After 5 days in Sihanoukville, which included a fabulous 2 day boat trip so that my man could dive, we jumped aboard a coach that would deposit us in Siem Reap, 12 hours away by road. The road trip allowed us the opportunity to see the villages between Phnom Penh and the western side of the country. In the most part the road was newly built, with smooth tarmac and no pot holes, but in other parts the construction work was not yet underway and we bounced and rattled and hopped our way along red clay and gravel roads. The scenery consisted mainly of flat paddy fields, with wooden houses built on stilts. Under the houses the space was used for an assortment of roles; home for the cattle, a shady place to swing in a hammock, somewhere to cook your food, or to store your moped or tractor. Green and brown were the predominant colours, with the unfortunate addition of shiny clear, green and orange plastic bottles. The amount of litter in Cambodia is astonishing; plastic bottles and wrappers everywhere you look. Unfortunately it was scattered across everyone’s land, or heaped in piles at the gates or under the homes. As the bus bounced along, the pleather seats beneath us became hotter and released a wiff of stale sweat every time we shifted position. I was close to asking the Aussie lad at the front to keep his arms down as his continual readjustment of his light or air blower released a waft of armpit odour to those sitting further upwind. Finally we arrived hot and bothered in Siem Reap and I was surprised at how modern and clean it was in comparison to my expectations based on my Phnom Penh experience.
We checked into a nice hotel, splurging after the budget accommodation in Sihanoukville. We smiled thankfully at the chill of the air-con after our sticky coach trip and revelled in the water pressure our shower provided. As it was late evening we sat in the open air hotel restaurant and had some dinner, watching the rain pour down and the sky illuminate periodically with flashes of lightening. An early night was in order and 11 hours of slumber later we were ready to get our Lara Croft on and explore the temples at Angkor Wat, Ta Prohm and Angkor Thom. Every image you have in your head of tomb raider style scenery alongside the awe inspiring religious and spiritual architecture pales into insignificance when you arrive at the main entrance to Angkor Wat. The place is simply stunning and you can buy 1 day, 3 day or 5 day passes to really explore every nook and cranny. We decided a 1 day pass would be enough for us and our tuk tuk driver from the hotel ferried us round the vast and rambling estate that holds so many temples and religious artefacts you wouldn’t know where to start if you arrived independently without a guide. Plenty of people were exploring independently, many hiring bicycles instead of paying a tuk tuk driver, but we were grateful of our decision to take a guide; he gave us water each time we returned to the tuk tuk and he instilled no time restrictions on us whilst we explored each of the sites we chose to see, hanging out in his hammock in the back of his tuk tuk whilst he waited.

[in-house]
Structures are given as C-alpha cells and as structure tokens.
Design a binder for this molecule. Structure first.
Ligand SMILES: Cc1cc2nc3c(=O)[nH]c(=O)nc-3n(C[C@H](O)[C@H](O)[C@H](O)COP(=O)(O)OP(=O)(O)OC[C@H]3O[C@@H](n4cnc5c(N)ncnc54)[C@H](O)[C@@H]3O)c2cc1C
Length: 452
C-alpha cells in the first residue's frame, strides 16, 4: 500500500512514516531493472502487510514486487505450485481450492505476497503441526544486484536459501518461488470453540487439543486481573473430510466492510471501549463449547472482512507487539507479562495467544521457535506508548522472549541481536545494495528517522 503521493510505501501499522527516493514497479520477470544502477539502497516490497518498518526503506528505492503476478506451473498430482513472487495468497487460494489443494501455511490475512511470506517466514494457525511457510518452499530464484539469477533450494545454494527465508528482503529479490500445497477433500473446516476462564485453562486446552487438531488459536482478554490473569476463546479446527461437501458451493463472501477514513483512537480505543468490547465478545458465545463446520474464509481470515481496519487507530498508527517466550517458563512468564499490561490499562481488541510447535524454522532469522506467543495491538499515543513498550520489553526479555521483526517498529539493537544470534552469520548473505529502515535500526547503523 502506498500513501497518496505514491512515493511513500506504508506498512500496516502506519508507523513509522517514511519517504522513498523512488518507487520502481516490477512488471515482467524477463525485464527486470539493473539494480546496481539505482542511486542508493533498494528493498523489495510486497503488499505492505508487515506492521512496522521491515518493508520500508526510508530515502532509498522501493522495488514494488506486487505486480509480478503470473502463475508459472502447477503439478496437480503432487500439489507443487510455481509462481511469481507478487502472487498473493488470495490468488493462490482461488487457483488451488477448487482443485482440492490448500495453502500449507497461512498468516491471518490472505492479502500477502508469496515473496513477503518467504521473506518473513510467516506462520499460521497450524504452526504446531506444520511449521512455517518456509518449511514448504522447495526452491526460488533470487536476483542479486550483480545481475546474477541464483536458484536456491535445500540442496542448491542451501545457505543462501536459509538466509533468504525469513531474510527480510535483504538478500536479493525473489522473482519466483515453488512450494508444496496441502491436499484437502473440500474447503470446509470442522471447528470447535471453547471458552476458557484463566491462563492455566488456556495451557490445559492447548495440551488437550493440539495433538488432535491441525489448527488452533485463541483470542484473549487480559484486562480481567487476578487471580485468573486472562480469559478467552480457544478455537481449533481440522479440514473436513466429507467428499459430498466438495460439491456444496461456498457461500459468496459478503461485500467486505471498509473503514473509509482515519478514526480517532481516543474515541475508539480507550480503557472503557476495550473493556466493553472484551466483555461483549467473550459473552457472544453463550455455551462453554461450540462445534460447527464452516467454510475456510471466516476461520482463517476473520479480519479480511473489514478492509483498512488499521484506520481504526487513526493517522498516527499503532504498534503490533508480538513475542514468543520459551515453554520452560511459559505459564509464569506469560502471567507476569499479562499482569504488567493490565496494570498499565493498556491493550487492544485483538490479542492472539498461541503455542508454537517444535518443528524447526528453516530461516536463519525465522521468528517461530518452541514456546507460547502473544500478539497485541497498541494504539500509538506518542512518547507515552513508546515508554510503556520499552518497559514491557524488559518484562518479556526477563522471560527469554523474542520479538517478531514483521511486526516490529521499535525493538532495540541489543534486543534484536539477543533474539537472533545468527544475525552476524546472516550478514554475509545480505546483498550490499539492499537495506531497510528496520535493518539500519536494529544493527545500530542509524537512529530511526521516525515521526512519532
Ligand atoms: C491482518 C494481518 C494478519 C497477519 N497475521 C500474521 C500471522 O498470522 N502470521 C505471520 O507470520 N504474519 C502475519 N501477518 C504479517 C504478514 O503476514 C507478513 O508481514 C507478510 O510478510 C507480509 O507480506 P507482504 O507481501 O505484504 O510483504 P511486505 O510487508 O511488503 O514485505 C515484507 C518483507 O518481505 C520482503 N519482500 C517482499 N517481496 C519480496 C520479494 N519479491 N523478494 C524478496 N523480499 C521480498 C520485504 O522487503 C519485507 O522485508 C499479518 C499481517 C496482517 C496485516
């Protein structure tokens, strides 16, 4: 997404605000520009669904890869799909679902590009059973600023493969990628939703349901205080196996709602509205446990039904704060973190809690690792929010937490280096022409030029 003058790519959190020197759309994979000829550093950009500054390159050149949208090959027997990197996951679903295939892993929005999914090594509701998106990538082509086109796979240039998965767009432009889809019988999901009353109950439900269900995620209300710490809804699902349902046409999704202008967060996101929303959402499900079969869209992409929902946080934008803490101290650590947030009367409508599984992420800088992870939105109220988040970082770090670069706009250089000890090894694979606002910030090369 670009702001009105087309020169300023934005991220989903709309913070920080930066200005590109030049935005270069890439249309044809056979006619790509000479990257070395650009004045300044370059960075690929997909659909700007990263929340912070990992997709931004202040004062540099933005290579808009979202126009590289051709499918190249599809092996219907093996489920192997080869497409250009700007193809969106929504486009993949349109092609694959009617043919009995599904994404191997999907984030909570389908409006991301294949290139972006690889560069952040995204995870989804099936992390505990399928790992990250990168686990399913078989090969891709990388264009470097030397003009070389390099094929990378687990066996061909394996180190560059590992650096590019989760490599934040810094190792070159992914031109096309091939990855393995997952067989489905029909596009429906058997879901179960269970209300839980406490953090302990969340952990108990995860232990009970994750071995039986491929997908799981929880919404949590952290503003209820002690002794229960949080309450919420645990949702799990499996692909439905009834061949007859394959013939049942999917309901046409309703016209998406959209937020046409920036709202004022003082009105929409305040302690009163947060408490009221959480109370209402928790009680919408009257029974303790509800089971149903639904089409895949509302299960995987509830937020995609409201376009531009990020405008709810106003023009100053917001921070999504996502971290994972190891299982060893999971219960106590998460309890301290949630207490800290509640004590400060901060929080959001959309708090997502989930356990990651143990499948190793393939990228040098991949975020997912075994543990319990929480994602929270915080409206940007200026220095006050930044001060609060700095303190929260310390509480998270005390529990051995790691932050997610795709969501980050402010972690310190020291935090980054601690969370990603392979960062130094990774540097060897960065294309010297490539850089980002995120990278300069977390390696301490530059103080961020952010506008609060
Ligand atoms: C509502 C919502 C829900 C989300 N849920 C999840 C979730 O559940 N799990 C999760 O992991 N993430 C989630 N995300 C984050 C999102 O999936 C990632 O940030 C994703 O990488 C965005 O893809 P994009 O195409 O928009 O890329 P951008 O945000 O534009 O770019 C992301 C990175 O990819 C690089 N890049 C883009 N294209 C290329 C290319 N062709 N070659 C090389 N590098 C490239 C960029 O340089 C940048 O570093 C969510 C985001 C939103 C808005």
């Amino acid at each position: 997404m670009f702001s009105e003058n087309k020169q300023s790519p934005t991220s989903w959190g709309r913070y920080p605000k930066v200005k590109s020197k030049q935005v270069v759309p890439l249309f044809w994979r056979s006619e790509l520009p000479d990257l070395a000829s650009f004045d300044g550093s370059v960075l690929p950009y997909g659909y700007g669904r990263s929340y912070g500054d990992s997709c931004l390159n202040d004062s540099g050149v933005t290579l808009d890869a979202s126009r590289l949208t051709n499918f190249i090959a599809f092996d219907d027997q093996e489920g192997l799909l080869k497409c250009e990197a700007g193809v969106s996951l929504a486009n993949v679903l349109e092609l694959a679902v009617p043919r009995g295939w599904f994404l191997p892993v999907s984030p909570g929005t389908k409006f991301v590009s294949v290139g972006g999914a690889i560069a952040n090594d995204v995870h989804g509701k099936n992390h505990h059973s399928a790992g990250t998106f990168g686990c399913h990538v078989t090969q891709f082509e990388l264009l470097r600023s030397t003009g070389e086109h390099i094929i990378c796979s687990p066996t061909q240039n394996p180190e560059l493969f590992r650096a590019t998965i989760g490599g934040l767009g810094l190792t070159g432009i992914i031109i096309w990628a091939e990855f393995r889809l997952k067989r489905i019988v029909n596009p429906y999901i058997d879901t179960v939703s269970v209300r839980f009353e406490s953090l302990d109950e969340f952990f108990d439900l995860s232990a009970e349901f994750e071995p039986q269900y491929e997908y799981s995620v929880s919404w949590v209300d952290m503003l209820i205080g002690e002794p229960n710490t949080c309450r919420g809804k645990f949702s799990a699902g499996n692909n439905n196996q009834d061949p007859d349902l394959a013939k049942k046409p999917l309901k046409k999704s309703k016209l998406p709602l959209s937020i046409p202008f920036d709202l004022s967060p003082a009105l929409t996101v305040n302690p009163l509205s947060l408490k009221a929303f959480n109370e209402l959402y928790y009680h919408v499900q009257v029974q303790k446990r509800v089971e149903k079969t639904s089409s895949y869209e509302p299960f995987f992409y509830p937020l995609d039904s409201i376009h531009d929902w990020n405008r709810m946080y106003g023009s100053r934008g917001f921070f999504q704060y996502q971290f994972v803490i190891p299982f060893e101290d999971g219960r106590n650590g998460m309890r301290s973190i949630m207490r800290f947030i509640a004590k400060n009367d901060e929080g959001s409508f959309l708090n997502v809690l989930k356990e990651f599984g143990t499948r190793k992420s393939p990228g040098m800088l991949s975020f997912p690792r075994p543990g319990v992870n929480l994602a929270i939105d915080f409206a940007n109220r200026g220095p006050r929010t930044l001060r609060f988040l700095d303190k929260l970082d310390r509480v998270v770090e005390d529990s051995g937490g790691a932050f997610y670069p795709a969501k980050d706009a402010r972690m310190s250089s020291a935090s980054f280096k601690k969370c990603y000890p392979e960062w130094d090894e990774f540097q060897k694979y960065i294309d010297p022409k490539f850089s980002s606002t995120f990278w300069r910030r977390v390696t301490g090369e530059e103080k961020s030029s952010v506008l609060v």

The day of sightseeing, climbing hundreds of steep stone steps and trudging around the Angkor Wat estate in the hot muggy rain saw us fatigued and with a bit of a thirst on. We showered and chilled down in the icy air-con for an hour or so then headed out at about 10 p.m. to “Pub Street”, located near the towns famous night market, where you can buy t-shirts emblazoned with “Same same but different”, shoes, trinkets, souvenirs, dried fish, clams, chickens and bugs on sticks. Every town seems to have a pub street and this was exactly what is said on the tin; a short, clean and bustling strip of restaurants, bars and clubs. We got our groove on in a club called The Temple, assisted by copious amounts of vodka redbull and then found our way home to sleep off the days excitement.
We leave Cambodia tomorrow and head into Bangkok for a few hours then catch a flight south to Phuket. The next months see’s us becoming beach bums; same same but different.